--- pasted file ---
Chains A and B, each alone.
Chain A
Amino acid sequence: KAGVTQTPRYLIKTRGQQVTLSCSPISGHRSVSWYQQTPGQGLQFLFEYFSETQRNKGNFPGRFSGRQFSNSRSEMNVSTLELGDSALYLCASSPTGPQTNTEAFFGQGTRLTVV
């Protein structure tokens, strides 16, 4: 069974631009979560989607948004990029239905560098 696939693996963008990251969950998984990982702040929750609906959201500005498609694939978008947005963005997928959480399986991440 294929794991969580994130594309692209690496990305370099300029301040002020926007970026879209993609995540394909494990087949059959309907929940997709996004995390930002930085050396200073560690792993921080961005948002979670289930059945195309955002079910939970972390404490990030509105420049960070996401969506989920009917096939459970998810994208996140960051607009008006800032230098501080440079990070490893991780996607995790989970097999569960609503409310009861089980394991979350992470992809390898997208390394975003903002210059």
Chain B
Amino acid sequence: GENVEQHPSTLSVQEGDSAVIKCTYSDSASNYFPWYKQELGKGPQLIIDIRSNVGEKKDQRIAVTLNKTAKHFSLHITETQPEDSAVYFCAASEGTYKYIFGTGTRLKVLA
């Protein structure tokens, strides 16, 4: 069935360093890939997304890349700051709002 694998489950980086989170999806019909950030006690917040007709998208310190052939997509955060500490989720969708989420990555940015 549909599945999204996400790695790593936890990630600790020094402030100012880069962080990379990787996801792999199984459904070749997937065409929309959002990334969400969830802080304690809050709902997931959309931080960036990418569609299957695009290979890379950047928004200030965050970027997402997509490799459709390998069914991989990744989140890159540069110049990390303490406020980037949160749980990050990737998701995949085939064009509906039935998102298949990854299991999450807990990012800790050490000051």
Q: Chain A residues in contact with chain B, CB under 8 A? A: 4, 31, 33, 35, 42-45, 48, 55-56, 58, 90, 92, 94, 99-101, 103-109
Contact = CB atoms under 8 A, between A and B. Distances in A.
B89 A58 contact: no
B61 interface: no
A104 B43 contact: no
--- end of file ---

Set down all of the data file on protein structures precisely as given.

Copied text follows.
Chains A and B, each alone.
Chain A
Amino acid sequence: KAGVTQTPRYLIKTRGQQVTLSCSPISGHRSVSWYQQTPGQGLQFLFEYFSETQRNKGNFPGRFSGRQFSNSRSEMNVSTLELGDSALYLCASSPTGPQTNTEAFFGQGTRLTVV
């Protein structure tokens, strides 16, 4: 069974631009979560989607948004990029239905560098 696939693996963008990251969950998984990982702040929750609906959201500005498609694939978008947005963005997928959480399986991440 294929794991969580994130594309692209690496990305370099300029301040002020926007970026879209993609995540394909494990087949059959309907929940997709996004995390930002930085050396200073560690792993921080961005948002979670289930059945195309955002079910939970972390404490990030509105420049960070996401969506989920009917096939459970998810994208996140960051607009008006800032230098501080440079990070490893991780996607995790989970097999569960609503409310009861089980394991979350992470992809390898997208390394975003903002210059």
Chain B
Amino acid sequence: GENVEQHPSTLSVQEGDSAVIKCTYSDSASNYFPWYKQELGKGPQLIIDIRSNVGEKKDQRIAVTLNKTAKHFSLHITETQPEDSAVYFCAASEGTYKYIFGTGTRLKVLA
């Protein structure tokens, strides 16, 4: 069935360093890939997304890349700051709002 694998489950980086989170999806019909950030006690917040007709998208310190052939997509955060500490989720969708989420990555940015 549909599945999204996400790695790593936890990630600790020094402030100012880069962080990379990787996801792999199984459904070749997937065409929309959002990334969400969830802080304690809050709902997931959309931080960036990418569609299957695009290979890379950047928004200030965050970027997402997509490799459709390998069914991989990744989140890159540069110049990390303490406020980037949160749980990050990737998701995949085939064009509906039935998102298949990854299991999450807990990012800790050490000051």
Q: Chain A residues in contact with chain B, CB under 8 A? A: 4, 31, 33, 35, 42-45, 48, 55-56, 58, 90, 92, 94, 99-101, 103-109
Contact = CB atoms under 8 A, between A and B. Distances in A.
B89 A58 contact: no
B61 interface: no
A104 B43 contact: no